Will the world respond to Syria's humanitarian disaster?
When Bashar al-Assad’s predecessor as Syria’s president, his father Hafez, sent tanks and troops into Hama 30 years ago, there was neither You Tube nor smart phones. That is why he got away with the massacre of more than 10,000 of his fellow Syrians in that city, one of the most horrific man-made humanitarian disasters in recent Middle East history. Hafez continued to rule with impunity until his death in 2000.
Today, with a variety of modern mass communications tools, reports and images of Bashar’s ferocious war against the Syrian people are conveyed in real time around the world. The pace of killings has so accelerated in recent weeks that the UN had to acknowledge the impossibility of keeping track of the totals murdered and injured, let alone the detained and tortured.
This past week Syrian forces stepped up the siege of Homs, the country’s third largest city. Bashar has shown that nothing will deter him. Homs was pummeled, and the body count rose into the hundreds even as the UN Security Council met last Saturday. The ferocious assault continued after China and Russia teamed up to veto any UN action.
Assad didn’t even have the courtesy to turn off what Qatar’s prime minister has called the Syrian “killing machine” while Russian Foreign Minister Sergei Lavrov was visiting Damascus on Tuesday. And Russia’s leaders remain impervious to the regime’s continuing assaults and the deepening humanitarian crisis.
Nadav Pillay, the outspoken UN human rights chief, has consistently called attention to Assad’s human rights abuses, and urged the Security Council to refer him to the International Criminal Court.
This week she reminded world leaders that in 2005 the UN General Assembly adopted the “Responsibility to Protect” resolution, a guide for responding to situations where a country’s population is threatened by a bloodthirsty regime.
The landmark document emerged out of intense international soul-searching following the 1994 Rwanda genocide and the 1995 massacre of 8,000 Bosnians in Srebrenica. While years too late for Hama’s victims, it should be employed now as the citizens of Homs and other Syrian cities face a similar fate.
Calls for delivering urgent humanitarian assistance to Syria are not new. Last November, France attempted to mobilize UN members. “The idea is to give the Syrian regime an ultimatum so that it meets its international obligations to allow access to humanitarian aid,” said Foreign Minister Alain Juppé, who sought to establish humanitarian corridors, perhaps via Turkey or Lebanon, to provide aid.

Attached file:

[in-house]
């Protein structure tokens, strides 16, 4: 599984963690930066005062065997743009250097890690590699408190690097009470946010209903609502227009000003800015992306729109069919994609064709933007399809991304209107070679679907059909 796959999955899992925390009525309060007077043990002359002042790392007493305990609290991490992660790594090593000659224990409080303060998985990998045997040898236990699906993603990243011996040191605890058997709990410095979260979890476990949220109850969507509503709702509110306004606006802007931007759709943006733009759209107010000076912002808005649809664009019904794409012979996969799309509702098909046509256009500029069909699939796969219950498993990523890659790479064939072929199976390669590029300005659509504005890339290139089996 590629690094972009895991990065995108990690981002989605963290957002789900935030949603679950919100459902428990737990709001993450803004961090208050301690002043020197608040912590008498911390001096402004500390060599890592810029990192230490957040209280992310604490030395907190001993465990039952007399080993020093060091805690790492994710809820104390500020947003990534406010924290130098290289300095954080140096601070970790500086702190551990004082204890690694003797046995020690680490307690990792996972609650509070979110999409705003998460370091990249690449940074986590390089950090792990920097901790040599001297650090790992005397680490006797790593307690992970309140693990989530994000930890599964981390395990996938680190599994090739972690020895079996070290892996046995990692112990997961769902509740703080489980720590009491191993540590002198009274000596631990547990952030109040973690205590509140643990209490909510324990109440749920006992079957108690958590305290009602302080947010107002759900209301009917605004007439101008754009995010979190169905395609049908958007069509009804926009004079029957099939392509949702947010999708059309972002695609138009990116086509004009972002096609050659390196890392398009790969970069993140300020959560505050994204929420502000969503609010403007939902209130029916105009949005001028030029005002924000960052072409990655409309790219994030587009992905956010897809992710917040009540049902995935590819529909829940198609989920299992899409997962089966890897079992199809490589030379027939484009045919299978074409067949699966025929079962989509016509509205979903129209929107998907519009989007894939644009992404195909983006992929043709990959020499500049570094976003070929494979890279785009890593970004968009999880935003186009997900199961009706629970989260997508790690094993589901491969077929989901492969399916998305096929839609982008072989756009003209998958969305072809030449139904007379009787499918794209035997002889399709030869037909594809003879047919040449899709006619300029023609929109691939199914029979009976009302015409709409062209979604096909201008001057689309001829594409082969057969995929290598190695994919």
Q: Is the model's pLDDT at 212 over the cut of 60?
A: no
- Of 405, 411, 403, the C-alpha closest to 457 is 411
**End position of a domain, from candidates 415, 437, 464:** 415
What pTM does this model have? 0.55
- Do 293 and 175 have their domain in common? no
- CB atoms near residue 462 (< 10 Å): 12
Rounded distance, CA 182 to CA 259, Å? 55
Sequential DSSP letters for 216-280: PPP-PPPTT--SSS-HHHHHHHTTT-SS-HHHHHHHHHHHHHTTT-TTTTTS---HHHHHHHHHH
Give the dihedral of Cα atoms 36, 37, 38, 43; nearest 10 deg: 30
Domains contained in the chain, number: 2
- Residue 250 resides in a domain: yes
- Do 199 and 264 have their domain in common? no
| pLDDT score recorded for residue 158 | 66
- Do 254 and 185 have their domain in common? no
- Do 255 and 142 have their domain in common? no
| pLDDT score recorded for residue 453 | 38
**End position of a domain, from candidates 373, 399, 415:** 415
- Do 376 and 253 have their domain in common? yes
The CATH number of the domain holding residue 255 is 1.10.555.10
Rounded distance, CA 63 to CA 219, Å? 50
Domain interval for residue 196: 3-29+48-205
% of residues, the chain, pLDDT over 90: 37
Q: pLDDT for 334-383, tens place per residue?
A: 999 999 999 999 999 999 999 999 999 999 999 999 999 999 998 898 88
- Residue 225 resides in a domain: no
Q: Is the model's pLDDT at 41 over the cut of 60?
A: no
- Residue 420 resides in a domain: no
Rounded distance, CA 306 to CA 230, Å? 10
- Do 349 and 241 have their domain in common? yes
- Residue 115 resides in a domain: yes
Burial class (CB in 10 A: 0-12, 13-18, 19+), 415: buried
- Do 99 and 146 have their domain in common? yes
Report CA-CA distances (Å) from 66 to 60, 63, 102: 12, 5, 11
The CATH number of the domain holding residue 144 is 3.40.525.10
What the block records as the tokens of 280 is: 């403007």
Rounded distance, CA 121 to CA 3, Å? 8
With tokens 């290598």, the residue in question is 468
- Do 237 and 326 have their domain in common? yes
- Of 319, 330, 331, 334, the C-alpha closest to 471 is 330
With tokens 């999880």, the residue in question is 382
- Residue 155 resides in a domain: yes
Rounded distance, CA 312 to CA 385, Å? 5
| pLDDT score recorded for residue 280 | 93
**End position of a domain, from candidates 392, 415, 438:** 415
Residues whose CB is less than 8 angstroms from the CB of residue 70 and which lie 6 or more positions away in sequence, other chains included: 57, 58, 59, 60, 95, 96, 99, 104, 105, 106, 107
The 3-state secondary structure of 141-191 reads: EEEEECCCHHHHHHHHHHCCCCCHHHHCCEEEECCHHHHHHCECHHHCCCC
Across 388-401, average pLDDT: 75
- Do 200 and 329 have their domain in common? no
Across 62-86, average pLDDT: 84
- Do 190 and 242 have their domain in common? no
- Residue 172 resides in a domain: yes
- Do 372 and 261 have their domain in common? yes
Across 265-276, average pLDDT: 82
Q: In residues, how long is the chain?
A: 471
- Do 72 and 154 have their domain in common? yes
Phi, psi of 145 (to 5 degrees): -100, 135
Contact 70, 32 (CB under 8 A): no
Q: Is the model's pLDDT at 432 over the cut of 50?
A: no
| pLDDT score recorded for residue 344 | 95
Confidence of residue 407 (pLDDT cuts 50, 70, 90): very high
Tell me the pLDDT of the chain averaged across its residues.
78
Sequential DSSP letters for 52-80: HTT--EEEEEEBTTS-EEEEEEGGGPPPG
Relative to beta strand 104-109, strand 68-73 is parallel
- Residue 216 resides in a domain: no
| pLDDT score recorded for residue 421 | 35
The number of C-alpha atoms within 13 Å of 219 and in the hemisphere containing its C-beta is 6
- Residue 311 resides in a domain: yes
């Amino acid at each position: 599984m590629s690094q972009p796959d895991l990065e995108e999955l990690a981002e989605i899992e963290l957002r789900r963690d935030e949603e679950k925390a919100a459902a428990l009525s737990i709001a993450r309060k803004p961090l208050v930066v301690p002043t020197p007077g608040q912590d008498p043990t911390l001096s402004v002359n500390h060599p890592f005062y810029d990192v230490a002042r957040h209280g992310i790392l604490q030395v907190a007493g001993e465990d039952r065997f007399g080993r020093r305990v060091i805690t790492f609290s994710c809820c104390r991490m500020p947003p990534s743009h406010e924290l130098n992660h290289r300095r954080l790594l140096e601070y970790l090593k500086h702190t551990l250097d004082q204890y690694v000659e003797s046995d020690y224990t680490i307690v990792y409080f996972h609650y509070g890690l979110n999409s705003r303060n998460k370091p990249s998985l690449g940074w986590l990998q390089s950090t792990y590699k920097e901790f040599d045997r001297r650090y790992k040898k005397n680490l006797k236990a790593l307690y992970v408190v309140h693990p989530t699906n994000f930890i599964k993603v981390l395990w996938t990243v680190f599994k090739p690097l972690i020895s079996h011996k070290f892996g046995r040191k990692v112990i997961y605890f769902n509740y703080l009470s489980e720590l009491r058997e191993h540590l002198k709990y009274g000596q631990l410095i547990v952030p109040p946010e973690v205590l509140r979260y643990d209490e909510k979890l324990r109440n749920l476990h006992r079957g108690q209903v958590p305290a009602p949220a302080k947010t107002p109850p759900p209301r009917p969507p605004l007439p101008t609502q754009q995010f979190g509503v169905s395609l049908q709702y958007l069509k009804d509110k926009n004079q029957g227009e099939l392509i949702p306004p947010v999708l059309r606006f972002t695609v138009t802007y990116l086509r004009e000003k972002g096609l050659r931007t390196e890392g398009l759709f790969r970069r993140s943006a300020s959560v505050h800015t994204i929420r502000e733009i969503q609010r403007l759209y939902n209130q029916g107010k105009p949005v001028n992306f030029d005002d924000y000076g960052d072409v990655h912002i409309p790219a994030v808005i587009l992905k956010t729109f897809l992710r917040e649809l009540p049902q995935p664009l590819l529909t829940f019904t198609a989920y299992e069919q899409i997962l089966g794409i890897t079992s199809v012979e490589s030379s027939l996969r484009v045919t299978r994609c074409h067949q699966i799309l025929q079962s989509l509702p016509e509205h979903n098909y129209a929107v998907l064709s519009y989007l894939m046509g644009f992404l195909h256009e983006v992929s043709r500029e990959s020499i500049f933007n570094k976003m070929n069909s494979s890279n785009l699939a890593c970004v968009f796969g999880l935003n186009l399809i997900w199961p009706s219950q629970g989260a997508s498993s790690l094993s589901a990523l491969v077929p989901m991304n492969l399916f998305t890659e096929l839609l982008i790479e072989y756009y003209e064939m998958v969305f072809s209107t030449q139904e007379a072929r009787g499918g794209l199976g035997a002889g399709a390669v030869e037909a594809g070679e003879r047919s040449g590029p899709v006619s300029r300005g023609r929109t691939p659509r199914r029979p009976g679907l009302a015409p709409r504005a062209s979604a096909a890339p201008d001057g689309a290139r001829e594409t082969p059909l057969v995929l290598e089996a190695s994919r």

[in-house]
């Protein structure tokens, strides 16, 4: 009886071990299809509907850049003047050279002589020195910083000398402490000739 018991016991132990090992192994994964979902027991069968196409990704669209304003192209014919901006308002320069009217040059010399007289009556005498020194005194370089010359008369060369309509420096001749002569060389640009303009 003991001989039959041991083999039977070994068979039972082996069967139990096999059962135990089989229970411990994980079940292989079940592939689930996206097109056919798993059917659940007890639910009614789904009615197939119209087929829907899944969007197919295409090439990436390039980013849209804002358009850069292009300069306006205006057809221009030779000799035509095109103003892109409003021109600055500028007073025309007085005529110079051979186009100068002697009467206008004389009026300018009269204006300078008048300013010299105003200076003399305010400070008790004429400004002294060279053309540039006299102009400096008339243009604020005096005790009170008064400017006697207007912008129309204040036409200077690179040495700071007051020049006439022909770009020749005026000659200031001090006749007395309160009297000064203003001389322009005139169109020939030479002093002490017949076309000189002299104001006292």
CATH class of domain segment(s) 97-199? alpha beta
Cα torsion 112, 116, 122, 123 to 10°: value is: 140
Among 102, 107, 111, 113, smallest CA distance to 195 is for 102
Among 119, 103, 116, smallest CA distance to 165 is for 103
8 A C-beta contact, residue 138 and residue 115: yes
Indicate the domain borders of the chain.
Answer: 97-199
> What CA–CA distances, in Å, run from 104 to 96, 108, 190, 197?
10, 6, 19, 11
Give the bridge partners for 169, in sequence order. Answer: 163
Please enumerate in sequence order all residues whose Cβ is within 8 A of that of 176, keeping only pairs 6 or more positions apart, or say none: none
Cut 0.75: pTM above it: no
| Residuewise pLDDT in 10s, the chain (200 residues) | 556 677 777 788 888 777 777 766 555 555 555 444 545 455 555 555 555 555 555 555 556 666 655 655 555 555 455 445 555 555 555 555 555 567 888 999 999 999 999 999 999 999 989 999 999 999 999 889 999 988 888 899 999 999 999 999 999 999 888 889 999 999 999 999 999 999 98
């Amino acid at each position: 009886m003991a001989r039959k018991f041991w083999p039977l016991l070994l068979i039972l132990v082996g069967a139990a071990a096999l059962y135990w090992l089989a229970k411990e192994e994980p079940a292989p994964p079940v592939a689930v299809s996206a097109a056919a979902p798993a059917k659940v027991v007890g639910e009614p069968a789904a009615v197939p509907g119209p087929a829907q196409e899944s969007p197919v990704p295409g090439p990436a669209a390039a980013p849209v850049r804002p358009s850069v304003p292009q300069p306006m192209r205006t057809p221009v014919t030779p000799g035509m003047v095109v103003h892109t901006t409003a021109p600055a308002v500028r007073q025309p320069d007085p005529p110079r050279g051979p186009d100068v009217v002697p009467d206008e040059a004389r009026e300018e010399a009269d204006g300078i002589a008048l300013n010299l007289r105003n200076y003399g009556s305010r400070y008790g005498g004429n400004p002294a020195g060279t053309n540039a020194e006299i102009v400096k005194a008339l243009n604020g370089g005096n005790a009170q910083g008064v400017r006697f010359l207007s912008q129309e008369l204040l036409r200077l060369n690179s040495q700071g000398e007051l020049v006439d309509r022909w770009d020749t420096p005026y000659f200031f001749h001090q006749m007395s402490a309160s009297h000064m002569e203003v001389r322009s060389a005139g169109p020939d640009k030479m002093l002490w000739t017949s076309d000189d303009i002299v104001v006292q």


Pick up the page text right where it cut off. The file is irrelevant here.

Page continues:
Now there is talk of the U.S. setting up a “friends of Syria” coalition that would include several European and Arab countries as well as Turkey, to establish a mechanism for providing basic humanitarian aid, even as other measures are contemplated to increase the pressure on Assad to step down.
As things stand, frightened Syrians of all ages wait in vain for shelter from their own government’s marauding forces. The same unconscionable obstacles that prevented UN Security Council diplomatic action also block humanitarian aid.
To deliver food, medicine and other urgently needed supplies requires cooperative partners on the ground in Syria. At present, the Syrian opposition to Assad is diffuse, disorganized, and often not in control of defined areas.
In Assad’s cruel worldview, allowing humanitarian aid would constitute an admission that there indeed is a crisis in his country and that its victims are not the “terrorists” and “foreign provocateurs” that he has long claimed want to harm and undermine the Syrian nation.
And then there is Russia, which continues to arm Assad’s forces and block UN action. Will Moscow facilitate the provision of strictly humanitarian supplies to Syrians, or will it take the view that such aid is another form of “interference” in Syria?
Russia’s outrageous stance ignores the current humanitarian crisis as well as the long-term needs that will have to be met after Assad falls.
In the coming days the Syrian people will know if and how the countries that proclaim to be friends will deliver.
Kenneth Bandler is the American Jewish Committee’s Director of Media Relations.